The most important item is the buzzbait itself. Just about any buzzbait will catch a bass now and then, but to be consistently successful with them, you need to find one that you can develop confidence in and one that has its own unique characteristics. Different types of blades give a different look and sound. There are really only two types of blades worth mentioning with regard to the materials they are made from; Aluminum and plastic. Each one has its own time and place. Aluminum blades tend to be more noisy than plastic. The sound that they make tends to be more of a choppy, obnoxious type of noise. The plastic, on the other hand, creates a smoother more subtle type of gurgle. There are times when one will out-produce the other, but most times they work equally well. The choice between plastic and aluminum is purely personal. I used to use plastic exclusively. But 2 years of experimenting with a particular metal-bladed model brought me to believe in the squeal of that aluminum blade. I firmly believe that the squeal of aluminum is one of its biggest bass catching attributes. The fact that the aluminum blades have only two sides means that there is also less to hang up on weeds, etc. And a blade that is flat on each side also helps to keep the bait on the surface with less effort.
Big, Little or In-Between?
Buzzbaits come in 4 basic sizes, regardless of the blade type or the manufacturer. 1/4 oz. and 3/8 oz. baits are the most popular, with 1/2 oz. following fairly close behind. 1/8 oz. buzzers are not as popular because of their small size, but they will catch a mess of fish under the right conditions. I prefer the 3/8 oz. model. The lure is bulky enough to be cast with heavy line and baitcasting gear, but still light enough to stay on the surface with very little effort on the part of the angler. Most 1/2 oz. baits use the same size blade as their 3/8 oz. counterparts, so they must be retrieved at a faster pace to stay up on top. This is good for when the bass are very active and chasing bait. But we all know how seldom this happens in the real world. When the water is super-clear or the bite is extremely tough, the smaller baits will get the nod. Especially the 1/8 oz. baby buzzer. Tie this onto a medium or medium heavy action spinning rod with 10 – 12 lb. test line and toss it into some of the same places you would fish its bigger brothers. The results may surprise you. Bass will sometimes go for something small and subtle when they completely ignore the same lure in a bigger size.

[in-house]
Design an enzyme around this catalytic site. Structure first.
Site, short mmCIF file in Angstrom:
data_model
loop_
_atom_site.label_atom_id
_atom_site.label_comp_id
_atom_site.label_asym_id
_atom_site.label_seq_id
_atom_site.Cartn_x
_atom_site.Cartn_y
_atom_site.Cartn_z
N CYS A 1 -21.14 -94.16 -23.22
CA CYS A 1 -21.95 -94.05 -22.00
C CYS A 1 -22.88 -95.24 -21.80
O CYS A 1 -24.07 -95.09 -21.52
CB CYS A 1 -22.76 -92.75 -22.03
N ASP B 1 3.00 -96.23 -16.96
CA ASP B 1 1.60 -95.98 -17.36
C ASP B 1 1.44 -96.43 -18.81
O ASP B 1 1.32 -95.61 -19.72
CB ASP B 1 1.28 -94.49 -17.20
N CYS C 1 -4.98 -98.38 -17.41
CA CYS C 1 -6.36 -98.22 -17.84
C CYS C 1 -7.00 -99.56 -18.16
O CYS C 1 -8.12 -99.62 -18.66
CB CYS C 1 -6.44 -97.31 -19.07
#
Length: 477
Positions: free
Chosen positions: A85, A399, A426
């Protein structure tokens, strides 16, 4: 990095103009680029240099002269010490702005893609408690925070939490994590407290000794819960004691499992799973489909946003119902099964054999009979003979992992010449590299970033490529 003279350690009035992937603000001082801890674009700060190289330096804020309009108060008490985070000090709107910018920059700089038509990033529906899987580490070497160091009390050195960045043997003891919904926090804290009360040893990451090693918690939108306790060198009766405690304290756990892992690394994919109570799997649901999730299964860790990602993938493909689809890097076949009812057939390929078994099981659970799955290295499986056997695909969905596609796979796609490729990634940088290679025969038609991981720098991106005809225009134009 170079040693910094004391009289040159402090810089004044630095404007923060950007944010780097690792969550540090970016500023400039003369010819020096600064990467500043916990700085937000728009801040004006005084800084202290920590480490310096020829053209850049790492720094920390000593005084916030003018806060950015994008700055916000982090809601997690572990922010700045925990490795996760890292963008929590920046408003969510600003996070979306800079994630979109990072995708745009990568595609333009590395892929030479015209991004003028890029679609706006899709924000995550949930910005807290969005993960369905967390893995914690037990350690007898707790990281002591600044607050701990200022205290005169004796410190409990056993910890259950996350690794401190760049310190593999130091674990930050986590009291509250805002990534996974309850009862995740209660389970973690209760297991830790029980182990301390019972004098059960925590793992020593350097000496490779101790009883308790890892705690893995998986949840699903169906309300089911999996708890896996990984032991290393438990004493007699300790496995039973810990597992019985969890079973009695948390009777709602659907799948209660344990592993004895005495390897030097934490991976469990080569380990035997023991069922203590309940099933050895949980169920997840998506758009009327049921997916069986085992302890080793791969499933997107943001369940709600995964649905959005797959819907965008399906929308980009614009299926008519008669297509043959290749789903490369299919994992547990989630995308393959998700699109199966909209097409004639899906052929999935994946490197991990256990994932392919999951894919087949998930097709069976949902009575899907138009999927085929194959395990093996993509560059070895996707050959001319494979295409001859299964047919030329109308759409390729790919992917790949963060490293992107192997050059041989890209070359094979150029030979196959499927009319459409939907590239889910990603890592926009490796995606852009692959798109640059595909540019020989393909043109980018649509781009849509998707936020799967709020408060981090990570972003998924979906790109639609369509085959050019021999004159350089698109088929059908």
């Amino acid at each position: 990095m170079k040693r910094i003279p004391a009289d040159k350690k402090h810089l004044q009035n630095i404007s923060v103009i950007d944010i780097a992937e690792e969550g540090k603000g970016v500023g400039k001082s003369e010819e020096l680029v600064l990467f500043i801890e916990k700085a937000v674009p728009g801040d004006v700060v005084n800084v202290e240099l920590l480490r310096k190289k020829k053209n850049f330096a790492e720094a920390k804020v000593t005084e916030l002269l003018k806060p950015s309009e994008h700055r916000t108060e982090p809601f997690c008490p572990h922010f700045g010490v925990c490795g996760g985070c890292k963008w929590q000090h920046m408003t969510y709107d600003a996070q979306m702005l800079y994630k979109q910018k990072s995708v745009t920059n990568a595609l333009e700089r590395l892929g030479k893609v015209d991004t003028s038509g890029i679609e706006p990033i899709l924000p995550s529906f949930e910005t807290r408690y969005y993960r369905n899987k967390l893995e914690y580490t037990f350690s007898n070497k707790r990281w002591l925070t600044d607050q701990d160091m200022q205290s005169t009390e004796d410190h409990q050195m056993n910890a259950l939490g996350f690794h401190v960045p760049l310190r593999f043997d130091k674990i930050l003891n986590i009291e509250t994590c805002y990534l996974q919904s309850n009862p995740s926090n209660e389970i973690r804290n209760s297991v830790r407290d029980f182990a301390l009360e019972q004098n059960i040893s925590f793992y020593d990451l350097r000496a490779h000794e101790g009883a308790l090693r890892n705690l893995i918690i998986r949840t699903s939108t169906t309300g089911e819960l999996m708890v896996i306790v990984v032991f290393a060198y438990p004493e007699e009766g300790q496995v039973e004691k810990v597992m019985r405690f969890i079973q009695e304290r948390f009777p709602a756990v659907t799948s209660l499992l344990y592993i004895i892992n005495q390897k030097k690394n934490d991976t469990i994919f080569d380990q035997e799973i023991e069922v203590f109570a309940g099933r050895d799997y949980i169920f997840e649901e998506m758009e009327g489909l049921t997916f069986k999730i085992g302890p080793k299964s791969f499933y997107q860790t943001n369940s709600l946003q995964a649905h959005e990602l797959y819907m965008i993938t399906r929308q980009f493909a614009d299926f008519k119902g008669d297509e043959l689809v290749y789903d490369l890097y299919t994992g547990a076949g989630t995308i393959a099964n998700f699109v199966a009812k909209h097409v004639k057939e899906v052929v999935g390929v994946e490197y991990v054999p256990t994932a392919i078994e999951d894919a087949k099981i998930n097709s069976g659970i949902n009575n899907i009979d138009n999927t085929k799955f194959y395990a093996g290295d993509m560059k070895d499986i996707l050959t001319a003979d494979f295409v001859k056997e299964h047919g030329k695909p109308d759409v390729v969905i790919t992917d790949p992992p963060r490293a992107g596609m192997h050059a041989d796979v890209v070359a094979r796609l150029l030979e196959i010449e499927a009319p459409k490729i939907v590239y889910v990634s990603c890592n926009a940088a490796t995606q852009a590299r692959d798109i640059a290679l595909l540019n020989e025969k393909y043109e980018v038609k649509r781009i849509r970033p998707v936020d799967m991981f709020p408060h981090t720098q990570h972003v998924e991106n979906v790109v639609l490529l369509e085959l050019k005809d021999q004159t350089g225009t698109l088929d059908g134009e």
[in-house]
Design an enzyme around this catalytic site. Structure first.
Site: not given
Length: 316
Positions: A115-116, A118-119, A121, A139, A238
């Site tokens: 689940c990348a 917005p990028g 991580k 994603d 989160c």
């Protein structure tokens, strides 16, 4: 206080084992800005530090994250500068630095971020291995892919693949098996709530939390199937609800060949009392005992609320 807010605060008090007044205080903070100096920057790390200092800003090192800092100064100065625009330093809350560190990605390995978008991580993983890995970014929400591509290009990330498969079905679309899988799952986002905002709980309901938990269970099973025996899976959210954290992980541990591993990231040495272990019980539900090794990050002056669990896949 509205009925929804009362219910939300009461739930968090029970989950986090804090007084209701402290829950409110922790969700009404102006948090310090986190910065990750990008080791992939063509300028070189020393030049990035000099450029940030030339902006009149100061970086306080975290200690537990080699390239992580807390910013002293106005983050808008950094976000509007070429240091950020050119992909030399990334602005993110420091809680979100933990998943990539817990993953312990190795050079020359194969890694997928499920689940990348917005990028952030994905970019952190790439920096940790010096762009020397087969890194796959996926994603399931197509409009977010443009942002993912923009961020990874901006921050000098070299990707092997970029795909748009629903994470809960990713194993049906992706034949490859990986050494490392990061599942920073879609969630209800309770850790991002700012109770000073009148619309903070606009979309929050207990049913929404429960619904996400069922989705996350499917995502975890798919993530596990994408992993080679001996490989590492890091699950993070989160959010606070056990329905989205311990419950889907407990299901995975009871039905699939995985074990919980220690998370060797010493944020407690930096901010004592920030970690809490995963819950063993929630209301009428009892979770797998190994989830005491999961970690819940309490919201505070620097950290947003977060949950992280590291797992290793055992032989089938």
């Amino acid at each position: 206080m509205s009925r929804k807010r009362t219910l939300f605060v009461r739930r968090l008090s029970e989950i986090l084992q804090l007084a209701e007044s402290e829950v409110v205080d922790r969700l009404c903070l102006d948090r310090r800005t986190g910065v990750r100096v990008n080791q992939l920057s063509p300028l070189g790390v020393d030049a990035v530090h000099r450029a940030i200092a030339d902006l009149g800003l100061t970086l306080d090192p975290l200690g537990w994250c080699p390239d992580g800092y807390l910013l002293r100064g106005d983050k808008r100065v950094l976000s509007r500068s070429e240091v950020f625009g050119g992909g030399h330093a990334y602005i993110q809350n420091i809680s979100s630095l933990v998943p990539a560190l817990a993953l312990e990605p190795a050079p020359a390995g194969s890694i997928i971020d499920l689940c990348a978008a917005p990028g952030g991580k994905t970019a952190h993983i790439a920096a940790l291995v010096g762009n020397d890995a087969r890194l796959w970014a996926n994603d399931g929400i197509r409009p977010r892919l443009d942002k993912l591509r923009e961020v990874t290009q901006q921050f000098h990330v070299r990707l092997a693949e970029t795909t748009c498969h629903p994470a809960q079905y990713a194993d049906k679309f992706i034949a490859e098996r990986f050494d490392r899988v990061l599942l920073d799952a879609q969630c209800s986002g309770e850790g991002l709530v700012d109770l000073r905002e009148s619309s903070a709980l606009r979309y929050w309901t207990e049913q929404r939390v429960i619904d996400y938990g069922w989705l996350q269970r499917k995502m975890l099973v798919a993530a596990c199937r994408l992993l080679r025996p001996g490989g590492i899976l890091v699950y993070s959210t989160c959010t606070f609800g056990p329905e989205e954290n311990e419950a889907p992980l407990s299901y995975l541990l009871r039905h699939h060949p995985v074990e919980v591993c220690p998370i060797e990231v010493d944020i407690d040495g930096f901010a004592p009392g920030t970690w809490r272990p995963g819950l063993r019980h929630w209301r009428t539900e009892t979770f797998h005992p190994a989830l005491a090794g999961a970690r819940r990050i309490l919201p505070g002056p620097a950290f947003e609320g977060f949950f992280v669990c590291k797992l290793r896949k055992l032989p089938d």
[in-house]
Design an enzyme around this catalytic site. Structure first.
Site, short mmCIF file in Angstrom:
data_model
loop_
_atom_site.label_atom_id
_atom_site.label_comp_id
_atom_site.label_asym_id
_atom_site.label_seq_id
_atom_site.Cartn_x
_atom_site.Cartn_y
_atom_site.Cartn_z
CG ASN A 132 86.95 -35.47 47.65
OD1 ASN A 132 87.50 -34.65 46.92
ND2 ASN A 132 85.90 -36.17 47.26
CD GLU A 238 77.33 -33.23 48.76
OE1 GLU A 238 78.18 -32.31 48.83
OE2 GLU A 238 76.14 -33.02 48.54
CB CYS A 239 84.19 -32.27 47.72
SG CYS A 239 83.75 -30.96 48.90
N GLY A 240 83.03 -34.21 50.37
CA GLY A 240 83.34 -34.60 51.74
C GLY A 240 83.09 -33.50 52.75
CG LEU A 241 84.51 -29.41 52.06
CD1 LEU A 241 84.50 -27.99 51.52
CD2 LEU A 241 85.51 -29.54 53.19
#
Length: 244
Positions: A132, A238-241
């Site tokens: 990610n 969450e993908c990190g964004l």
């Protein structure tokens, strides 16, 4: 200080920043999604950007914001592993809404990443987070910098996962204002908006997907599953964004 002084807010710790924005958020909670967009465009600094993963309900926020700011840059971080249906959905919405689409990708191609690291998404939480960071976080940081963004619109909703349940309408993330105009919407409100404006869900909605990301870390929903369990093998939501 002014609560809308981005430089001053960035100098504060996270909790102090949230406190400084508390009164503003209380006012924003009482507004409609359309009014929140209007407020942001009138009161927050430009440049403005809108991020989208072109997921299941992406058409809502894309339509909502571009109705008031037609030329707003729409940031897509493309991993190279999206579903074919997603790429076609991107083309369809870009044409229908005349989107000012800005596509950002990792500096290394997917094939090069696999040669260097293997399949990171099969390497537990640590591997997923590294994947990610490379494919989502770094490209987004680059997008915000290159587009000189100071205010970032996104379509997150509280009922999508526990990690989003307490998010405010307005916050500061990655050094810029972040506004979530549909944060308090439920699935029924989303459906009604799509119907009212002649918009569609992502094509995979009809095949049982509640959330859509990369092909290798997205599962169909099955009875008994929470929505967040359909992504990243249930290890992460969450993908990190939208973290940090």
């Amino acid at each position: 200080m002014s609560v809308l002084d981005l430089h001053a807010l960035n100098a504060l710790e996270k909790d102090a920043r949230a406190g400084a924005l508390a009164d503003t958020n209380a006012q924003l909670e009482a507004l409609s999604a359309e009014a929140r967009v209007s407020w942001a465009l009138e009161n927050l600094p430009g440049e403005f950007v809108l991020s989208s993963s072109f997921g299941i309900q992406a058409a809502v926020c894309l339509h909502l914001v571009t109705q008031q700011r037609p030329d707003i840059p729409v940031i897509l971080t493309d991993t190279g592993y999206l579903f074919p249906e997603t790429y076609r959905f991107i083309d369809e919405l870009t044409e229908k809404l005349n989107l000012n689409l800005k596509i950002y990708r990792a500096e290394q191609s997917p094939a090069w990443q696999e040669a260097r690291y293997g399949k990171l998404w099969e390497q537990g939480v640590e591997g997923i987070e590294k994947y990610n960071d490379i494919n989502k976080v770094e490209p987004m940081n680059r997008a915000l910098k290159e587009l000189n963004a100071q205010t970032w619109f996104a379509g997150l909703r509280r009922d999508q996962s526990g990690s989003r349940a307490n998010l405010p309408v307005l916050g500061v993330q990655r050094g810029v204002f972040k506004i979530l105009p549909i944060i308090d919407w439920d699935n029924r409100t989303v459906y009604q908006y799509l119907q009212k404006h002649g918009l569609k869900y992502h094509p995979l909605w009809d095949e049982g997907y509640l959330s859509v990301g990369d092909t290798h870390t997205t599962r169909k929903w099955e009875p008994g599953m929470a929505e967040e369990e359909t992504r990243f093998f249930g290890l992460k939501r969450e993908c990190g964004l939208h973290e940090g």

Color….. For the Fish or the Fisherman?
Color is usually not considered to be all that important in buzzbait fishing. Strikes on buzzers are mostly of the reflex type. The bass sees or hears something invading their home turf and comes out to set things straight with this intruder. I do, however, try to use colors that match the conditions at hand. Clear or semi-stained water will usually put a White lure into action while stained or muddy water will get a brighter color such as Chartreuse, or a color scheme that I have experimented with called Firetiger. Black is also a standard for night fishing with buzzbaits. I feel more confident in my presentation if I know that the fish can see the bait with little effort.

Summing It All Up
Overall, Buzzbaits are a very misunderstood lure. They are a bait that you need to spend some time with, learning when and where to throw them. They are also a bait that will catch a bigger-than-average size bass. Get yourself a handful of these fish catchers and take them to the lake with you when the water temps start to climb. You’ll probably come home with a new favorite!!